Peirce's framework will provide us with a way of classifying signs according to how and why they mean or signify, but it is important to remember that the categorization of any given sign is not inherent, but is instead dependent on the context and the interpreter. Peirce's theory of signs was meant to illuminate how people experience the world, and make concrete the very process of thought. That's right: semiotics describes not just how words mean, but how thought occurs. Such is the process (note that this is an activity, not an idea per Saussure) of semiosis, where one sign effects an idea that in turn becomes a sign for a different idea, and so on. This is semiotic chaining, which models, among other things, the process of thought. It also models writing and reading.


The Main Trichotomies: The Three Modes of Being


First up: everything with Peirce is about threes, triadic relations, trichotomies. So expect lots of groups of three coming up!

Peirce's semiotic framework depends on the central categorization of all phenomena into three modes of being. This basic trichotomy is the organizing principle by which the rest of Peirce's semiotics framework is structured. I'm going to outline it briefly here, then come back to it after the other posts in this Peirce series, once we have a lot more examples to work from.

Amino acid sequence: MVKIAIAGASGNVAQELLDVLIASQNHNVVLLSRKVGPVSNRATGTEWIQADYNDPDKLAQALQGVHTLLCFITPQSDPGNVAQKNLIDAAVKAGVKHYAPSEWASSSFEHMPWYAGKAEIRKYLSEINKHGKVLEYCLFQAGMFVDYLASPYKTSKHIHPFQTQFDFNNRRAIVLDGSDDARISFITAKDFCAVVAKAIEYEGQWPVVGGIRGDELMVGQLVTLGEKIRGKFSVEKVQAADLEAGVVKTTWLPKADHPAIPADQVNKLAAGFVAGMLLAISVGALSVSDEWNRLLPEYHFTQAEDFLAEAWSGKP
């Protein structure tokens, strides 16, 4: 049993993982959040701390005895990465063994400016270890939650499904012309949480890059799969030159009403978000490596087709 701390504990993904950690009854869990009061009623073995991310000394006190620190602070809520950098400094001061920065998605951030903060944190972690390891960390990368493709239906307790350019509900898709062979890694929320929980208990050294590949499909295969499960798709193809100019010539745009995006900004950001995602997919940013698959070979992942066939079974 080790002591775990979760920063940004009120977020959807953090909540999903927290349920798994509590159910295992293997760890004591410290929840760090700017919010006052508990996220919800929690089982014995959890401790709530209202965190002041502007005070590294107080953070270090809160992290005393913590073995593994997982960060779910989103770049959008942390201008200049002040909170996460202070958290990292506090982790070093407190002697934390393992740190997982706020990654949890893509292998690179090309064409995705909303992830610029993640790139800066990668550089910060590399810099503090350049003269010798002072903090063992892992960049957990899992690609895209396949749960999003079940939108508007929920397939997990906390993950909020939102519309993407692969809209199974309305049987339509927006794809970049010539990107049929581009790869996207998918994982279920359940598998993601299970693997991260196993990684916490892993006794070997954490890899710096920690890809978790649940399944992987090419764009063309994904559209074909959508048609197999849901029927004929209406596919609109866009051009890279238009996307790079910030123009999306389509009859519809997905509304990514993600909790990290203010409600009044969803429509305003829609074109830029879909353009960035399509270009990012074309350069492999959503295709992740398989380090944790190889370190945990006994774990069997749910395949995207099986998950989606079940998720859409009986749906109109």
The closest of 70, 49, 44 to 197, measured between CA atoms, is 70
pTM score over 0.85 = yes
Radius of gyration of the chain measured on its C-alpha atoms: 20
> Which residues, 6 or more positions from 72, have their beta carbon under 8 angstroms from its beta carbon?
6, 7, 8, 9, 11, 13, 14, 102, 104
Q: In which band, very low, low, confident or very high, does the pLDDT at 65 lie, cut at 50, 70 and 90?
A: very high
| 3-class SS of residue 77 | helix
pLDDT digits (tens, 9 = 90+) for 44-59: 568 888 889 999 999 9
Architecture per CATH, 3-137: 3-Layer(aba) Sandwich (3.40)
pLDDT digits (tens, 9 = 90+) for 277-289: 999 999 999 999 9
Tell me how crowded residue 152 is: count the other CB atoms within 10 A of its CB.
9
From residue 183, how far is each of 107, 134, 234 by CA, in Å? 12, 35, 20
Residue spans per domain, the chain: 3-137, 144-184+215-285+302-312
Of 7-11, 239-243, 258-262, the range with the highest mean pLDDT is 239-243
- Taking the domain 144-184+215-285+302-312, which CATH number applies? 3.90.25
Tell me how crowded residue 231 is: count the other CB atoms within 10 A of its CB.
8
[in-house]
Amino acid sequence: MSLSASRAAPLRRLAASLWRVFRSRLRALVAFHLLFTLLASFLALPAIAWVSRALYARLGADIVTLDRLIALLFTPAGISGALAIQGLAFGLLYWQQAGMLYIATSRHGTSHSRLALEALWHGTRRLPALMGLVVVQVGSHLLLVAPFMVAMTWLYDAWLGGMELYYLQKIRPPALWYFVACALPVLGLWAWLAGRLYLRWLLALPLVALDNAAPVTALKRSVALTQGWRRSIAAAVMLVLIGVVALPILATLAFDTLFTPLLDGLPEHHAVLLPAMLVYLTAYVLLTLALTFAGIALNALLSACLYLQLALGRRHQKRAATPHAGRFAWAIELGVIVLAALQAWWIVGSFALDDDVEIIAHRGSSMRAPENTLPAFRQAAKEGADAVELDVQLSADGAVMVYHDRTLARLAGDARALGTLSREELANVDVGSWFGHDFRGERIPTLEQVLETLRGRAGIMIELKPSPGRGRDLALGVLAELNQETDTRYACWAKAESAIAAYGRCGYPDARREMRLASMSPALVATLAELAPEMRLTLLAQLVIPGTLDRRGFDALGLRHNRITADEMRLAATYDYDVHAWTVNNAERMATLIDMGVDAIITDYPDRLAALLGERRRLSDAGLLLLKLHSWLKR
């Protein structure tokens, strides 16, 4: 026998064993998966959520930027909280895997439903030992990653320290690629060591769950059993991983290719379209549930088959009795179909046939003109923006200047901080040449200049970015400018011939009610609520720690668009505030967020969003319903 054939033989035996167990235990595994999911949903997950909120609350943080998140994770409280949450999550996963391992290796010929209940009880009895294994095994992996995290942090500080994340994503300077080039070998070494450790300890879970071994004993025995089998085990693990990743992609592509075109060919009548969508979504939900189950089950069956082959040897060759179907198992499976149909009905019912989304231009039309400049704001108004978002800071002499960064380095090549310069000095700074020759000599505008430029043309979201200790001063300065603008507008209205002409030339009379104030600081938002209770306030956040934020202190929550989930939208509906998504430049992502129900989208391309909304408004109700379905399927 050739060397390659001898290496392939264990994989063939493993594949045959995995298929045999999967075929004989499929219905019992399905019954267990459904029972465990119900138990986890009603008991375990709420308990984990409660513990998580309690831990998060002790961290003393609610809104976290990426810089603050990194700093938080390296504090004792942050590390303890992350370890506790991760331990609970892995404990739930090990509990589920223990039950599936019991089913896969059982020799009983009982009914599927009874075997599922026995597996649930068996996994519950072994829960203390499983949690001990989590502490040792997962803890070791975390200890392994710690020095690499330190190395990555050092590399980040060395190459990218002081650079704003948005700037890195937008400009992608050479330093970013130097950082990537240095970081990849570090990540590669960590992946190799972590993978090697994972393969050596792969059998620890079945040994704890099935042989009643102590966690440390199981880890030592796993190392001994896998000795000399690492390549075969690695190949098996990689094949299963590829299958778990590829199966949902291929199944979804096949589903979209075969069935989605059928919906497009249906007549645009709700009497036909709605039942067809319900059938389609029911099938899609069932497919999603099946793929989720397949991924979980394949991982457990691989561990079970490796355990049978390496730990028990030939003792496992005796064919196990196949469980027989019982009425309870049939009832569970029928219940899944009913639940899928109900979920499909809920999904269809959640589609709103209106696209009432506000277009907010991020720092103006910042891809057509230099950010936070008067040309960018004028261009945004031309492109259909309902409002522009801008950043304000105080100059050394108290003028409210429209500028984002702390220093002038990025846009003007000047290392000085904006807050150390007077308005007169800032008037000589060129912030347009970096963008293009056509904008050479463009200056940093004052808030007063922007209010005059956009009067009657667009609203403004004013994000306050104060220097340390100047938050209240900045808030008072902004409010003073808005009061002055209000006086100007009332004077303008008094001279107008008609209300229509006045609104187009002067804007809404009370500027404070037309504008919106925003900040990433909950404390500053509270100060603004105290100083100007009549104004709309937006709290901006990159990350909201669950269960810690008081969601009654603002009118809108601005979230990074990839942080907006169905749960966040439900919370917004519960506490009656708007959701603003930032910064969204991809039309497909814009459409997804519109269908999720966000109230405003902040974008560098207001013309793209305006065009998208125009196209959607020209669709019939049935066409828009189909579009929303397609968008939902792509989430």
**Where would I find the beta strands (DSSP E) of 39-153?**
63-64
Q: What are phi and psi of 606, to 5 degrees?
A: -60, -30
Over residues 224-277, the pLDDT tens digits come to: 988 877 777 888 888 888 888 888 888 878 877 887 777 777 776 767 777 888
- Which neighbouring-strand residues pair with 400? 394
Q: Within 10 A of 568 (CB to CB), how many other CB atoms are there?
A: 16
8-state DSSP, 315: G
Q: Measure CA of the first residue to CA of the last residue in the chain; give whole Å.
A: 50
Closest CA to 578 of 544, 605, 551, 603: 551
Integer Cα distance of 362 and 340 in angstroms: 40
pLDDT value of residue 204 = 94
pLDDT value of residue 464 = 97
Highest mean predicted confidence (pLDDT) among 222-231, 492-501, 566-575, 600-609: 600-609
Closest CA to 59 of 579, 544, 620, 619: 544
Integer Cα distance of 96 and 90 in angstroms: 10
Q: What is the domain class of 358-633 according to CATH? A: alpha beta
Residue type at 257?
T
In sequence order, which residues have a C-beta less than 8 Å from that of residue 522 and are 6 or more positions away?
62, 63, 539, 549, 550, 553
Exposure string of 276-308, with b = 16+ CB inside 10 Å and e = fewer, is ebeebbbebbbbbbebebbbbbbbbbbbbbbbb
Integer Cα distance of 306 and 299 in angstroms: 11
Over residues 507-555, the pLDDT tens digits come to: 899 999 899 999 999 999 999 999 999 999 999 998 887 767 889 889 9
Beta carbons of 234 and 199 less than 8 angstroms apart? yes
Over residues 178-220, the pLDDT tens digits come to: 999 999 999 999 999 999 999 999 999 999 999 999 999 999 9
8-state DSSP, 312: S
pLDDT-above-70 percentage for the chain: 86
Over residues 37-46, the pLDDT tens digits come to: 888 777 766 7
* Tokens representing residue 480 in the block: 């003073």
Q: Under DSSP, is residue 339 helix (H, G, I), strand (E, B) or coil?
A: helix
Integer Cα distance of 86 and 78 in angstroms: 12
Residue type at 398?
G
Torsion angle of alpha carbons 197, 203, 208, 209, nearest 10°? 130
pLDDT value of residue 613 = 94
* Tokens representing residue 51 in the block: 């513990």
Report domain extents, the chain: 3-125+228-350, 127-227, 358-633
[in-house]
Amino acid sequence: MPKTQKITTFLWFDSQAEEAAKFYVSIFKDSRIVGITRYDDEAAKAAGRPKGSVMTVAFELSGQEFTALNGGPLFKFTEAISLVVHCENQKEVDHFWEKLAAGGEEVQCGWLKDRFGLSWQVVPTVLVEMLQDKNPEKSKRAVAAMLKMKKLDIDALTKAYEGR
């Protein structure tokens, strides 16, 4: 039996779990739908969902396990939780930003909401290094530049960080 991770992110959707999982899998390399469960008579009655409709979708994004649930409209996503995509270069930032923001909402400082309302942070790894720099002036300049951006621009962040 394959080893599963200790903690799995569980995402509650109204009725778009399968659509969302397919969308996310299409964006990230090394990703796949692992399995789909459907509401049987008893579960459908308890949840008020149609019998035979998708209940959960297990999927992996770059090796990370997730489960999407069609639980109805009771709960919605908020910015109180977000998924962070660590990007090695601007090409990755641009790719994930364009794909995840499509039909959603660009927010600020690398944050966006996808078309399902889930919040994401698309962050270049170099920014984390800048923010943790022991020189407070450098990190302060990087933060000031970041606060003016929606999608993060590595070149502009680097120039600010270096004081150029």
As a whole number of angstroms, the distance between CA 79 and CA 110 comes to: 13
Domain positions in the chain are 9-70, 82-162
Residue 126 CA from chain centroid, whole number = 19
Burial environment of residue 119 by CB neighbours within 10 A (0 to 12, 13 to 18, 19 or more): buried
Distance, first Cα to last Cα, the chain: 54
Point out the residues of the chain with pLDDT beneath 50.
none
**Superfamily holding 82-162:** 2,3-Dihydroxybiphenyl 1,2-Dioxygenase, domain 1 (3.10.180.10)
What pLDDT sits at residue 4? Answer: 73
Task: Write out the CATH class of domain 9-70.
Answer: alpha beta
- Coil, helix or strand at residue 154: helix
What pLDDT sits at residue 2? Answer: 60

There are, then, three modes of being: Firstness, Secondness, and Thirdness. Firstness is the realm of pure quality and possibility. Firstness exists in and of itself, without relation to and independent of any second entity or particular instance of those things — just the idea or quality of them. Firstnesses are simplex and immediate, and we also never meet true Firstness in our mundane world. Examples might be blueness or Americanness or fear independent of any particular instantiation. It is highly significant to note that Firstnesses are not necessarily "natural" or themselves non-semiotic: Americanness, for example, is socially constructed and socially relative. Blueness, for that matter, is socially constructed, too: there is a whole body of work on colour relativity and the idea that how we not only name but perceive colour is culturally influenced. In fact, there's evidence that humans didn't even see the colour blue as a separate colour (that is, have a conceptual category for it) until relatively recently, and even things we're used to thinking of as blue, like the sky, are culturally influenced.

There is a very powerful corollary to this: who is it that determines these categories? Who says something is "the same" enough to be part of the same general idea? We're having debates right at this moment about "Americanness": who can count as an "American" and what "being an American" means. For this, I refer to the quote at the top of this post: "There is difference and there is power. And who holds the power decides the meaning of the difference." The power to determine membership in a Firstness is great indeed, and it belongs both to everyone and to specific individuals like lawmakers, politicians, tastemakers, and other influential people. This is power.